Preparing fellows to work as clinical ethicists
The fellowship helped prepare the fellows to make the transition to clinical ethicists by providing real-time clinical opportunities. Although there were opportunities to attend lectures, seminars and conferences and to participate in research projects and the activities of research ethics boards, the focus of this fellowship was clinical practice.
"Real-time" clinical opportunities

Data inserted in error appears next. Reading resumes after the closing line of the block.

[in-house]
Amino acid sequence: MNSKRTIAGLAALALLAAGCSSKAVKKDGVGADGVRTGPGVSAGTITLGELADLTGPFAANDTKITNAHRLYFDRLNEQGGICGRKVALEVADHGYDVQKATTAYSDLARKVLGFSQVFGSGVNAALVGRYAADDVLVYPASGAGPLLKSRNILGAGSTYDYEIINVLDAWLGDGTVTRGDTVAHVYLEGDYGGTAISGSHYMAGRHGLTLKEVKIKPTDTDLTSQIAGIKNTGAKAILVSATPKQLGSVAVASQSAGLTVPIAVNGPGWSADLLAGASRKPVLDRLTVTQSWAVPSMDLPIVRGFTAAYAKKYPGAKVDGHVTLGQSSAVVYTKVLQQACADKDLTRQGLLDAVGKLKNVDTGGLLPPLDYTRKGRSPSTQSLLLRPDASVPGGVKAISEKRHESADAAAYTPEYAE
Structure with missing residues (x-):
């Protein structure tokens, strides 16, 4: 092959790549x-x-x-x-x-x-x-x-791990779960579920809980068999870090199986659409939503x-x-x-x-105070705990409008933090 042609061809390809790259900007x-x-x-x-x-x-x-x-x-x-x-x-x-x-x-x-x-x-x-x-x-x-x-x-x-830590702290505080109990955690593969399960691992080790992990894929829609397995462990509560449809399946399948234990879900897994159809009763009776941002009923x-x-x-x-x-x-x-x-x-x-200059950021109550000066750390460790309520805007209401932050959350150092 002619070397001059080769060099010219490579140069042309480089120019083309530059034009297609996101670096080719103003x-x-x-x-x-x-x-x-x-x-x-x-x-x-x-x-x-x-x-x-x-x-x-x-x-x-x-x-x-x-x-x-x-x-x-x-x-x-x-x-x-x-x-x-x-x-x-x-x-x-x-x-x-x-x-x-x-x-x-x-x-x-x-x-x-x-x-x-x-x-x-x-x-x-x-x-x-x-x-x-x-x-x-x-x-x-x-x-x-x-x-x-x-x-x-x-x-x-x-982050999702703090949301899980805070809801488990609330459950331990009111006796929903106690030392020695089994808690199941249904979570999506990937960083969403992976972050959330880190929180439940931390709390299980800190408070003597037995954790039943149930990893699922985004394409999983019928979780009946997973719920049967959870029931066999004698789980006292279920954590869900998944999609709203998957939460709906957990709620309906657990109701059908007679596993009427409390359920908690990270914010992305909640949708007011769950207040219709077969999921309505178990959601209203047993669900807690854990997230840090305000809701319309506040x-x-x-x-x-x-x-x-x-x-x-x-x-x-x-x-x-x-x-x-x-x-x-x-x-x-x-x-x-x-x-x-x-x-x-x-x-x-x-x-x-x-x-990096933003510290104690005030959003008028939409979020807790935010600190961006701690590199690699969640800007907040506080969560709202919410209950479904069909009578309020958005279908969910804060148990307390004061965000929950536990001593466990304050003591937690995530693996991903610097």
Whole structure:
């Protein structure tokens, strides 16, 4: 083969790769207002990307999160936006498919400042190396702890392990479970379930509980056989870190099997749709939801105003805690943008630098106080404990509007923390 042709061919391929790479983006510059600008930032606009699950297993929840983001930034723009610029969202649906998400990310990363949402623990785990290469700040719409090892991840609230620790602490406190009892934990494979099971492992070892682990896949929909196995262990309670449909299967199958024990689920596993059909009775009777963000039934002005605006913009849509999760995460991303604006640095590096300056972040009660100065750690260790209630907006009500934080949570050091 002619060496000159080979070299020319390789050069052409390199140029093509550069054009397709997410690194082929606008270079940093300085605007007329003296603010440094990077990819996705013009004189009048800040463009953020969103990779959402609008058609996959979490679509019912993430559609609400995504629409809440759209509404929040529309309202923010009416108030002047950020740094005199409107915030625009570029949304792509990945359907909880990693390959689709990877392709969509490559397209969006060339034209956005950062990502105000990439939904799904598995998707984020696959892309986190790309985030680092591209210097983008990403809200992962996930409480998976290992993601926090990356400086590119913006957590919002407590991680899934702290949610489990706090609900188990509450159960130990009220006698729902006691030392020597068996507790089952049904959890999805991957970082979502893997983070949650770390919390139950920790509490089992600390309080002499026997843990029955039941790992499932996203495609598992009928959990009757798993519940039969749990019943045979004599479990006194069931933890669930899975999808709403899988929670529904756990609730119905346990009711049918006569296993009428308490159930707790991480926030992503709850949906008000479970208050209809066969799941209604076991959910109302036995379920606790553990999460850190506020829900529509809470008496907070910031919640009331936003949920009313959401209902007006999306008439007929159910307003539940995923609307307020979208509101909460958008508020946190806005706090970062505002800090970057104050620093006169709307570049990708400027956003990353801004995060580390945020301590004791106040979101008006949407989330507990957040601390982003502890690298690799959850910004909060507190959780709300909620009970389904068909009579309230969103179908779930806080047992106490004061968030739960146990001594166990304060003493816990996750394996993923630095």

Generally, bioethics education is largely theoretical, focusing on academic course work in philosophy and ethics, as well as other disciplines, at the graduate level. Practical clinical experiences for individuals wishing to pursue a career as a clinical ethicist have been very limited historically and offered only sporadically. In this fellowship, ethical challenges unfold and are addressed within the day-to-day experiences of hospital life. Although hypothetical or retrospective cases studied in the classroom are useful in applying theory to clinical cases, the value of experiential knowledge gained when cases are encountered in the here and now involving real people with tangible consequences cannot be overstated. One fellow recalls a case involving a family having a very difficult time coming to terms with the imminent death of a loved one. The family was adamant that "everything be done", a phrase that often is bandied about in these sorts of discussions and requires considerable exploration. In this case, "everything" was defined by the family to include CPR and admission to intensive care. The fellow attended a meeting with the family and the healthcare team to discuss the plan of care, but the patient, although capable, was too ill to attend. The fellow had not met the patient. The description of the patient by the healthcare team was completely different from that given by the family. The fellow was uncomfortable with the decisions made without directly hearing the patient's voice. It was not until the fellow met with the patient and the physician alone, that she began to understand the situation. Seeing the physical frailty, but clear thinking and comprehension of the patient fuelled her wish to see that the patient received the care that she desired. It mattered what decisions were made, the situation was no longer hypothetical, but was real and the stakes were high.